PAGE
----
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Bundy's situation was unique. Because he signed a major league deal when he was drafted out of high school in 2011, he had exhausted all of his minor league options, so he had to make the major league roster out of camp. Showalter almost treated him like a Rule 5 draft pick, letting him pitch in a long relief role. And while he remained a multiple-inning reliever, Bundy became a valuable stopgap in pressure situations.

"I think they were different situations," said setup man Darren O'Day, who mentored both pitchers as relievers. "Kevin learned quite a bit in the bullpen, just how to kind of be a reliever and he learned what the major leagues is all about. I think that helped Kevin in some tight situations later in the game where he's been able to turn it up a notch. I think Kevin is still getting better. Dylan is a guy we knew his time in the bullpen was short. He's got starter written all over him. He's just got the uncanny ability to control the baseball. It was just a matter of getting enough innings where he could get back in the rotation. I think he had to learn what it was like to be in the big leagues and also learn that it was like to feel good [physically]."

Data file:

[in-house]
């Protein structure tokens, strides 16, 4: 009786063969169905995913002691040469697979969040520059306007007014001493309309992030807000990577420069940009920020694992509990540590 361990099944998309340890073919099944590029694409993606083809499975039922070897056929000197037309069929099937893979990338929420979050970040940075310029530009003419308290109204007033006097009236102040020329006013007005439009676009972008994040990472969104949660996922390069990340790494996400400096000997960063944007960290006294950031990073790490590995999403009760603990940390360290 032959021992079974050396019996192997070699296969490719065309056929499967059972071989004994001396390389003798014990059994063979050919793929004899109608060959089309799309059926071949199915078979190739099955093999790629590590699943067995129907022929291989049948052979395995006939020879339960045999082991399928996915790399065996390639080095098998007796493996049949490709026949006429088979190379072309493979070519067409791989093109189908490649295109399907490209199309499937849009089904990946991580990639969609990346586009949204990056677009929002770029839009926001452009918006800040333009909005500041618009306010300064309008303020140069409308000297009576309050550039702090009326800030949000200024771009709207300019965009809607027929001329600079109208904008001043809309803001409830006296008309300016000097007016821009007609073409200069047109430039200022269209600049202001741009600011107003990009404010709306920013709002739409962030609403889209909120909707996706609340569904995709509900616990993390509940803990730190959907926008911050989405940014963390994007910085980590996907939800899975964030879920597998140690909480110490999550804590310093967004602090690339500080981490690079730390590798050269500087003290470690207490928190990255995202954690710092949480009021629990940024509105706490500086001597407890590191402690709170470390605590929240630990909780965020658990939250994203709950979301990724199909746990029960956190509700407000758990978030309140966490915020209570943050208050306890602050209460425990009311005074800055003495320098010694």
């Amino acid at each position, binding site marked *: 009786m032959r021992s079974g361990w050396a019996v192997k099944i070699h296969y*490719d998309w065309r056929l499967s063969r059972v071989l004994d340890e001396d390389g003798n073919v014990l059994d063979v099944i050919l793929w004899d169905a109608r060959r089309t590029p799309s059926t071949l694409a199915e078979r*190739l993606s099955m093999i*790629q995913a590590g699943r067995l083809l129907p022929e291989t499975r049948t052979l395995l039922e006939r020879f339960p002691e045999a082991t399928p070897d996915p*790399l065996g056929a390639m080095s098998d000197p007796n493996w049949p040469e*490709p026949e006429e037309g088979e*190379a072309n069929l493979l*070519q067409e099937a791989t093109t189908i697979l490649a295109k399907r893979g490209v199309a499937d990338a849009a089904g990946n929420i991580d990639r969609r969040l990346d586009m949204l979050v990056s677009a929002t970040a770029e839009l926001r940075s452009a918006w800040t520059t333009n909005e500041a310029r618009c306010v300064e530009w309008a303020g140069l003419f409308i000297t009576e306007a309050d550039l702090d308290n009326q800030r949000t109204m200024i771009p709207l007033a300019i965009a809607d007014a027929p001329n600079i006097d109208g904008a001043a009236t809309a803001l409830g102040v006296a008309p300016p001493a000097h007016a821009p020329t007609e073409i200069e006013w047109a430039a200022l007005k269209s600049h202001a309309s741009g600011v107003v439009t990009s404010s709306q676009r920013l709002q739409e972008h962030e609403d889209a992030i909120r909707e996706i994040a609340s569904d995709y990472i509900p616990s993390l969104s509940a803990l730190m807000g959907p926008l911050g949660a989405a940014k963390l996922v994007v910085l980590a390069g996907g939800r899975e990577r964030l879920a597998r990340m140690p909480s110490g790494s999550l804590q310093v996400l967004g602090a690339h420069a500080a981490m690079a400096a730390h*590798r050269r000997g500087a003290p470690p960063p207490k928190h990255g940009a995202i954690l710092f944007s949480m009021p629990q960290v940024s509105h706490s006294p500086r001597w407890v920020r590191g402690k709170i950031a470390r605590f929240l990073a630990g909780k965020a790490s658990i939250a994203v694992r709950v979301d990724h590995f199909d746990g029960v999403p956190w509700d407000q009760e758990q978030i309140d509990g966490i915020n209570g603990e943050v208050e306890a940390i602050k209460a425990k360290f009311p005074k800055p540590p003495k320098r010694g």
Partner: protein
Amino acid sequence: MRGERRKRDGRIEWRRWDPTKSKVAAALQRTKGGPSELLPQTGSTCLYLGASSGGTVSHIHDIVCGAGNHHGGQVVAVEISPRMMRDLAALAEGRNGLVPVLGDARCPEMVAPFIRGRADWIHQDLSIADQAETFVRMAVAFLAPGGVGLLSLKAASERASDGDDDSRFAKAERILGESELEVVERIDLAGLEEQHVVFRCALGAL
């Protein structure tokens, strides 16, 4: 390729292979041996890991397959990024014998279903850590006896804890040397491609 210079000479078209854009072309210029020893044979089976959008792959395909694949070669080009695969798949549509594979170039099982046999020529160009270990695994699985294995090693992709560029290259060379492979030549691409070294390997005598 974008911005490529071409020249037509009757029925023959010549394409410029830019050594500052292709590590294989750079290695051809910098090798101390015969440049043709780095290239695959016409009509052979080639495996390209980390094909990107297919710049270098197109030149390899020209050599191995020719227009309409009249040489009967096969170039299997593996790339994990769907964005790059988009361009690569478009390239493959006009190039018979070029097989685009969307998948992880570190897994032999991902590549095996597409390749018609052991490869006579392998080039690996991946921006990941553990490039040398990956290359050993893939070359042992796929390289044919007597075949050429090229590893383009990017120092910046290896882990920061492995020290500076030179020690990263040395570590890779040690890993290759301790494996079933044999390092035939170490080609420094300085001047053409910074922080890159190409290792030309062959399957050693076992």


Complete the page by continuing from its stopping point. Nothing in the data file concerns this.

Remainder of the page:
The Orioles have seen Bundy (2-1, 3.08 ERA) take significant steps forward pitching in relief. Over his first seven appearances, he had just two strikeouts over nine innings, and opponents were hitting .314 off him. His strikeout numbers went up, but so did his ERA as the Orioles tried to figure out the best way to use him.

Then, the team committed to giving Bundy four or five days rest between outings, and that seemed to get him into a comfort zone. His fastball velocity went up two miles per hour, and he flourished mixing in his changeup and curveball. In six appearances since June 9, Bundy hasn't allowed an earned run (one unearned run) in 14 1/3 innings and has held opposing hitters to a .212 average. He has 19 strikeouts in that span, including strikeouts on all seven outs in a scoreless 2 1/3-inning outing in his past appearance on July 6 at Dodger Stadium.

That appearance in the Orioles' 14-inning win was an eye-opener. Pitching in a tie game, Bundy stranded four baserunners, including the bases loaded in the seventh. Even though he had to work himself out of his own jams, he seemingly teased with a talented Dodgers lineup, recording his first two strikeouts on changeups before overpowering the L.A. hitters with his fastball, dialing it to up to 98 mph.